SAMPLE STUDENT ESSAYS ON WUTHERING HEIGHTS
Sample Student Essay 1
I disagree strongly that unchecked passion exerts a brutalizing
influence. I think that a brutal character exhibits brutish
characteristics. Passion is the result of intense feelings.
One can have a passion for another that results in an elevating
experience and actions.
Heathcliff was a miserable person. Catherine's assessment
of him was clearly truehe was a "wolfish" individual.
All evidence points to his being the same since he was a child.
It is possible that his early experiences molded hm into a bitter,
angry, vengeful man. His affinity towards Catherine was forged
in the absence of any kindness shown to him, other than her
father's, which he did not seem to overly appreciate. This attraction
solidified as Heathcliff reached maturity, but his passion involved
much more than love. His obsession was fueled by insecurity,
rage, jealousy and, I believe, a basic meaness of character.
One's passion could evolve, even at the loss of its object,
into a striving for worthiness. Heathcliff's viciousness encompassed
all around him. There was no consideration for those Catherine
might have valued. There was no discrimination only towards
only those who had wronged him. He was a sadistic, violent man
who never saw any need to repent. His feeble attempts, near
the end of his life to seek some small companionship was almost
pitiful. His abrupt withdrawal predictable. Passion did not
create his brutality. His brutality made his passion an inescapable
effect of his emotional life.
Sample Student essay 2
Wuthering Heights does demonstrate the brutalizing influence
of unchecked passion. The very location of this misanthrope's
paradise makes for the environment of a Hobbesian return to
nature where all men are at war with all men for everything.
In moving this far from all social ties you have put yourself
on the edge of the world. Heathcliff's name seems to say he
is the cliff at the end of the heather. The phallic cliff pointing
up to the sky, dominating the landscape, unscaleable, unfeeling
to others, feeling only for himself.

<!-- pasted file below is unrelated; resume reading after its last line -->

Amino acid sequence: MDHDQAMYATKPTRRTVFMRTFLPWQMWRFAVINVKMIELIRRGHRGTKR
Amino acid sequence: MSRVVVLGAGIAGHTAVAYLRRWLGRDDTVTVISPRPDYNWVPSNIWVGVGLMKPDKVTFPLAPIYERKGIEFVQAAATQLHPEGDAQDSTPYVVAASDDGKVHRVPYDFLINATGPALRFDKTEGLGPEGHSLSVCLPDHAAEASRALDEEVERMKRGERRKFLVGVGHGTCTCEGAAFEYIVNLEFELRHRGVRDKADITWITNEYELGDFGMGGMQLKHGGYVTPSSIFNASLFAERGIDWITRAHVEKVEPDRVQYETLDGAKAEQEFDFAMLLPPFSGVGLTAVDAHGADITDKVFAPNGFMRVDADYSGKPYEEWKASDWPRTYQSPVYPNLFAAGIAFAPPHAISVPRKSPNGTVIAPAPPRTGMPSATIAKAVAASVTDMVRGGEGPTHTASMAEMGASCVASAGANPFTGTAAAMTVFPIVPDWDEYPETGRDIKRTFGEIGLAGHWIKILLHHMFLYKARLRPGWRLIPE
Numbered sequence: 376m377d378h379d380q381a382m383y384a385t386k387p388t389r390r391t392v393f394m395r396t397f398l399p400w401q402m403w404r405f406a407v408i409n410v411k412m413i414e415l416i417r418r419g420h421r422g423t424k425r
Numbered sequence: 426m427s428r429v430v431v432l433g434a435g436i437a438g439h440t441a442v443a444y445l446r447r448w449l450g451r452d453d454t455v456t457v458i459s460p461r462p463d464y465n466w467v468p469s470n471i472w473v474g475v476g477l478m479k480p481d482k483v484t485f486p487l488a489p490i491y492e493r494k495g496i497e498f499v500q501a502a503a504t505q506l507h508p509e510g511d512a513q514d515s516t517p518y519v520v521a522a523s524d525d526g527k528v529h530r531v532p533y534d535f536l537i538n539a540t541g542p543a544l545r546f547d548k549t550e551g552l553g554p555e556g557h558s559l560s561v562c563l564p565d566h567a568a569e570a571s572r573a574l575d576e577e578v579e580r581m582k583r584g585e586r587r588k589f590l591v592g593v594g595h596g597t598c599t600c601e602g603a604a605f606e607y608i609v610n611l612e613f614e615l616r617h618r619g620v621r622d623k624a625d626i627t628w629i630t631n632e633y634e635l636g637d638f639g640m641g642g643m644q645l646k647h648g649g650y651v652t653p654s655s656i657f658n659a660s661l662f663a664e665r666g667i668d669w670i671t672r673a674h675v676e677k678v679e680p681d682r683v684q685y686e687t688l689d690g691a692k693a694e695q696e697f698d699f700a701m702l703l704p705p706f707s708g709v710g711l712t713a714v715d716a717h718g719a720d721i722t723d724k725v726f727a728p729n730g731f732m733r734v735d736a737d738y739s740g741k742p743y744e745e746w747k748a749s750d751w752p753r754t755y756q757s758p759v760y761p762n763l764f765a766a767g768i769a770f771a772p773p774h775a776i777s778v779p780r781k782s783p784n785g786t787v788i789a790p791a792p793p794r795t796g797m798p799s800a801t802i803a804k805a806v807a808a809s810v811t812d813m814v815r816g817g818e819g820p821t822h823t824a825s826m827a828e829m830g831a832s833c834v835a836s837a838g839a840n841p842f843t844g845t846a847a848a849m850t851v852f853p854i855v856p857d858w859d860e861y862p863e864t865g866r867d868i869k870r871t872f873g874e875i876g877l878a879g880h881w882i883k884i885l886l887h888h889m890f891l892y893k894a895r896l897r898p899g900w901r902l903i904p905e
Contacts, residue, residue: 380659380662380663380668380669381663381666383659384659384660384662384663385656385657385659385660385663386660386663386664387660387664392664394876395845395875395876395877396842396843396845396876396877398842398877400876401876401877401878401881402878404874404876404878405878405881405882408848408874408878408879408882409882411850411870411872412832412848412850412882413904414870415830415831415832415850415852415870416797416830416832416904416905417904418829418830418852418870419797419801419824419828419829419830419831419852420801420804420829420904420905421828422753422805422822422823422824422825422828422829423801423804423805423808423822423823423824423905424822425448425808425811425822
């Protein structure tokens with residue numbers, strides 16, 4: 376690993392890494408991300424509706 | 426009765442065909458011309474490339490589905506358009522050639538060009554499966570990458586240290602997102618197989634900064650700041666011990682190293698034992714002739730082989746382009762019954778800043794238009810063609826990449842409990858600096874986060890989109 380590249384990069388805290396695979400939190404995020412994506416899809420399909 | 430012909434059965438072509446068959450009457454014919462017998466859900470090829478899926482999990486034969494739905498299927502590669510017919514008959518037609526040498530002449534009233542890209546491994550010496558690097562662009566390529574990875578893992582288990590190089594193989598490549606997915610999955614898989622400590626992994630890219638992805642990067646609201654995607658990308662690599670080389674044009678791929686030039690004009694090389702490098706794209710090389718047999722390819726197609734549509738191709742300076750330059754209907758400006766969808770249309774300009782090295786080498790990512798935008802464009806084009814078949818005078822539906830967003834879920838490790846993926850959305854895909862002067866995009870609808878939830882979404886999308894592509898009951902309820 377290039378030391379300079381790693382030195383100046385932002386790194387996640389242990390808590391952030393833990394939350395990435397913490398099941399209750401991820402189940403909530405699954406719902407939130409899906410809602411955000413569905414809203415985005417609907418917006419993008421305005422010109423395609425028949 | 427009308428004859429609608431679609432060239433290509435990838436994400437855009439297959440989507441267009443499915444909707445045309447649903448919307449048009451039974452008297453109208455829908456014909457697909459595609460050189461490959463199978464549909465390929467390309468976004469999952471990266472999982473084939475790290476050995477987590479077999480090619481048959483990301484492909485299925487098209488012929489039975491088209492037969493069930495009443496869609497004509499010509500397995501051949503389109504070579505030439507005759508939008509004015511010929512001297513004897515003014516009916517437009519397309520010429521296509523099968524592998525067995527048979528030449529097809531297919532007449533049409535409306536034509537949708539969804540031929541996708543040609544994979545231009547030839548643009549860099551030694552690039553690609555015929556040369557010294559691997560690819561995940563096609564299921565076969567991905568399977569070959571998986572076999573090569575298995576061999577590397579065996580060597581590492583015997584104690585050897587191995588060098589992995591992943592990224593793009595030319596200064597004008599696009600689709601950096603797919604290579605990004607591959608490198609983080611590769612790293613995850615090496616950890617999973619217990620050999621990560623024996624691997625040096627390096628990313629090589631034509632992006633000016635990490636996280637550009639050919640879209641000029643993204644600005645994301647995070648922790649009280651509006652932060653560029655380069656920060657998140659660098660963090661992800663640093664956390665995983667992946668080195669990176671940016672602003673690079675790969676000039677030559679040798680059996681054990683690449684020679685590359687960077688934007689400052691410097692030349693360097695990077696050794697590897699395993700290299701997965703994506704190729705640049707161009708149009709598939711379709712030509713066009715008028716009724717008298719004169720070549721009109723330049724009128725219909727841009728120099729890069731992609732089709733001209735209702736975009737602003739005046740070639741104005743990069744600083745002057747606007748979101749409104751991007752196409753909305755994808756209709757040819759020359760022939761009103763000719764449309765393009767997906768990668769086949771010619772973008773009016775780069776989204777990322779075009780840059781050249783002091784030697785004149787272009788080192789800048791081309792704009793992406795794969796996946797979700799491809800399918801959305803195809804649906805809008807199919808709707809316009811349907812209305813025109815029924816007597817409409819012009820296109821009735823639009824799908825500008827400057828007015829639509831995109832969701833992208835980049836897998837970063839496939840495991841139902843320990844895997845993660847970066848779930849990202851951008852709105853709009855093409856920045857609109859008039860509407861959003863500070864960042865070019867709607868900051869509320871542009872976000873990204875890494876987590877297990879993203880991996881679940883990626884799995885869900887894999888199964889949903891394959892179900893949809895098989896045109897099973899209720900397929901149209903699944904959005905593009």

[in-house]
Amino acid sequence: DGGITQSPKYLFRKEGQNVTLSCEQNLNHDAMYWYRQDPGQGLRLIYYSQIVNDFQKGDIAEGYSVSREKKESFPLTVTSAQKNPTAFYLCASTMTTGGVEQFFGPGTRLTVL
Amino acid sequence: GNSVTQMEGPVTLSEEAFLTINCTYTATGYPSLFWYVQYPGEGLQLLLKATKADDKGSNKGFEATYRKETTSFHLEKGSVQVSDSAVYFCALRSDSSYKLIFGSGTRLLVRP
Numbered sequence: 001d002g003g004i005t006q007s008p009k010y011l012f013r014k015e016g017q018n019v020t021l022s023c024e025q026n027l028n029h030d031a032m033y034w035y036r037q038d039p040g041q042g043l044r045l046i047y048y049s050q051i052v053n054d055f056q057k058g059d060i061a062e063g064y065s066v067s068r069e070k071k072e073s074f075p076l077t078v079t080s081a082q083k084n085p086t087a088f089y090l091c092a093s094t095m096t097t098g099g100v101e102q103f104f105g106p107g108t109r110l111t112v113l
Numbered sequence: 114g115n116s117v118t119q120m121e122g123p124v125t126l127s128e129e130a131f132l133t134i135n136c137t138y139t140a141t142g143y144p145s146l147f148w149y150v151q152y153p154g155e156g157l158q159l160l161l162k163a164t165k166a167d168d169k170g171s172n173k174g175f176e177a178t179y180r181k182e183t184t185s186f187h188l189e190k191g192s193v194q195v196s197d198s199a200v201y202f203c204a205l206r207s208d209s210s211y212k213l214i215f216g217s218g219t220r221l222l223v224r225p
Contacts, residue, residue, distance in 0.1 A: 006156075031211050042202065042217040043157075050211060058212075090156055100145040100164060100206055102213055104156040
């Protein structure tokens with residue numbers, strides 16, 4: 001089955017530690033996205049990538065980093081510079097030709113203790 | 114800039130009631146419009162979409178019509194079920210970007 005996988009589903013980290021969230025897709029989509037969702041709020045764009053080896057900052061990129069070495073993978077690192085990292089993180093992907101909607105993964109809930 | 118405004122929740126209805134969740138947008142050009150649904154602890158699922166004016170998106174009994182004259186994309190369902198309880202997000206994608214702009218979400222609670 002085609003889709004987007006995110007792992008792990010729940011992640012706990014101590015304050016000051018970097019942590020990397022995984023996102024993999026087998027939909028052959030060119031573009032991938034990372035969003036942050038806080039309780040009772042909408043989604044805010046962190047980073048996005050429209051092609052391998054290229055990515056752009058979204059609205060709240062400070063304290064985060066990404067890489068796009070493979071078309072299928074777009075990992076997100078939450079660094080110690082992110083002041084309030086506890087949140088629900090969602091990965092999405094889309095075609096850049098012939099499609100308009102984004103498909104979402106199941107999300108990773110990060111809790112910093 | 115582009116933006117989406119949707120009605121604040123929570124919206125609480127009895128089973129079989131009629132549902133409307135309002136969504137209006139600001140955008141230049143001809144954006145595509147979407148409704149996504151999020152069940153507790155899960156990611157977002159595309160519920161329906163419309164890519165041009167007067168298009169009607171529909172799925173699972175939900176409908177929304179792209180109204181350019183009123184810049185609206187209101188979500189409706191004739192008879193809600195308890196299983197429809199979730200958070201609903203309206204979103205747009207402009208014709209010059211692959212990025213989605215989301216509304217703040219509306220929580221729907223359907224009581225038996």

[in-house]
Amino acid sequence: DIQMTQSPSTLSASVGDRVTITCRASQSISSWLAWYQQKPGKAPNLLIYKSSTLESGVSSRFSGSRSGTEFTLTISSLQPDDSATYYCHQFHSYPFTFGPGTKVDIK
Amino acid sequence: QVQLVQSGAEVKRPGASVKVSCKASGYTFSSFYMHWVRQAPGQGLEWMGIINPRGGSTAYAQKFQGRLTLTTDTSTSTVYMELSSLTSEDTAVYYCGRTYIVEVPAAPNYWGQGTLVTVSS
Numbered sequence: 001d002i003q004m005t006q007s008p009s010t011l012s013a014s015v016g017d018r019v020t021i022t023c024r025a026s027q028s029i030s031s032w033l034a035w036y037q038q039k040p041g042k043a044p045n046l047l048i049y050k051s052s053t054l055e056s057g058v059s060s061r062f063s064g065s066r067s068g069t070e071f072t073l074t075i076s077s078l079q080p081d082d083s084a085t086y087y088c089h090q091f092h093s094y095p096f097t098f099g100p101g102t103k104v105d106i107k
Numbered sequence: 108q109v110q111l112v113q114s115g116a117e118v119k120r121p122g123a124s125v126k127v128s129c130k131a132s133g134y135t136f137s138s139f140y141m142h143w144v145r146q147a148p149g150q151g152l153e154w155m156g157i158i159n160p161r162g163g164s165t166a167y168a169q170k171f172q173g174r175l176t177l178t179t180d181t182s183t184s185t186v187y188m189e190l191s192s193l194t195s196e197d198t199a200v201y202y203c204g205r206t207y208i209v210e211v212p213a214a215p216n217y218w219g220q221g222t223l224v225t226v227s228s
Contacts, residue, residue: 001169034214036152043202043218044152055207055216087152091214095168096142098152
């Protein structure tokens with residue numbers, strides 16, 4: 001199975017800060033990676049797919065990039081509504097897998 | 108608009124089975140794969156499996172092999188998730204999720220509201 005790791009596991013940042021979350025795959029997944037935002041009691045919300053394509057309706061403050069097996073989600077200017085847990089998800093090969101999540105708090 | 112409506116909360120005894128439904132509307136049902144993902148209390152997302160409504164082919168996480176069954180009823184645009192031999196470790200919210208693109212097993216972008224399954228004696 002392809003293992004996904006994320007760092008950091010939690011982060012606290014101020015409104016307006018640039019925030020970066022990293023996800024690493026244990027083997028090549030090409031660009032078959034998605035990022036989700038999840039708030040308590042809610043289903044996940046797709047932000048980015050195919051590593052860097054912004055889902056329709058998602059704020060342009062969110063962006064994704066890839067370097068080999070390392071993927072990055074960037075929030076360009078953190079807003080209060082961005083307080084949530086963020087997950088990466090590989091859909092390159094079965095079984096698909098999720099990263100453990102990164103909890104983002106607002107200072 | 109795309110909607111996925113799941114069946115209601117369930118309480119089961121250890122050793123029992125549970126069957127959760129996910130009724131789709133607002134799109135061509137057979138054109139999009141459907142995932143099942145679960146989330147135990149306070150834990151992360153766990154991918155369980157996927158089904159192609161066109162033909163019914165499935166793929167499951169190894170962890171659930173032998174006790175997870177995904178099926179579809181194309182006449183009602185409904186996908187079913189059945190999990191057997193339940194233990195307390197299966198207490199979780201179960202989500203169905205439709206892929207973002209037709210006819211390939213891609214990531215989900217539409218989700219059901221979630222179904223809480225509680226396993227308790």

If you follow the degeneracy of passion to brutality you will
see the different steps. The wild energies of youthful Heathcliff
and Catherine were innocent. Heathcliff is the spark, however.
He is the alien element, the gypsy child, forcibly introduced
in the happy home on the heath by Mr. Earnshaw almost as if,
like a Frankenstein, he had created him on his own, he was his
favorite over his own blood. The wild factor on the wild heights
forms the wild link to Catherine from which all tragedy will
occur and from which all passion shall burst forth.
The passion Hindley must have at being seconded by a stranger
in his father's favor, a stranger who caused him not to have
his violin expected on his first visit. Heathcliff gave a step
back to civilization (no violin) to Hindley with his appearance.
Heathcliff must have made Hindley jealous too by becoming Hindley's
sister's favorite too. Hindley lost a father and a sister to
the outsider. His passion comes out when Mr. Earnshaw dies and
he six years older and in control can make Heathcliff pay.
Hindley's brutality to Heathcliff will come back to him. Catherine's
liking the civilized world of the Lintons causes a split with
Heathcliff. Again Heathcliff runs off because in his passion
he does not even wait to hear the full speech Catherine is making
and leaves hearing only the negative part. Passion in control
makes for actions that everybody pays for, for too quick a response,
for not communicating at all.
Catherine's wretched passion takes the forms of rages and
tantrums. Such behavior isolates her from Nelly. In losing her
own control she destroys her health, dies before her days, and
has her baby at seven months pregnant (but could an ego so vast
and narcissistic even have cared about her baby's sake)? I think
Catherine had to die in childbirth because she could not bear
to share the passionate stage with another little scene stealer.
Edgar lives longer because he is civilized; he goes to his books;
he reads in his library; he controls his passions in reality
and not just to let them out later in vengence as Heathcliff's
phoney control is. As Edgar survives longer by retreating to
his library, Isabella survives longer by fleeing Wuthering Heights
and her bad marriage to a demon.
To live under the emotional pressure of excess passion burns
you out, makes you irrational, steals your life, makes all others
your enemy because narcissism is disguised as pasison. Heathcliff
wanted the world, wanted control, and he got it. I believe Heathcliff
died the year after he owned (conquered) Thrushcross because
he was not meant to own civilization. Thrushcross brought Catherine
Linton into his home, Lockwood to visit and with his visit the
reappearance of Catherine's ghost. The evil of Wuthering Heights
burnt itself (Heathcliff out) by its very success in expanding
to Thrushcross Grange.
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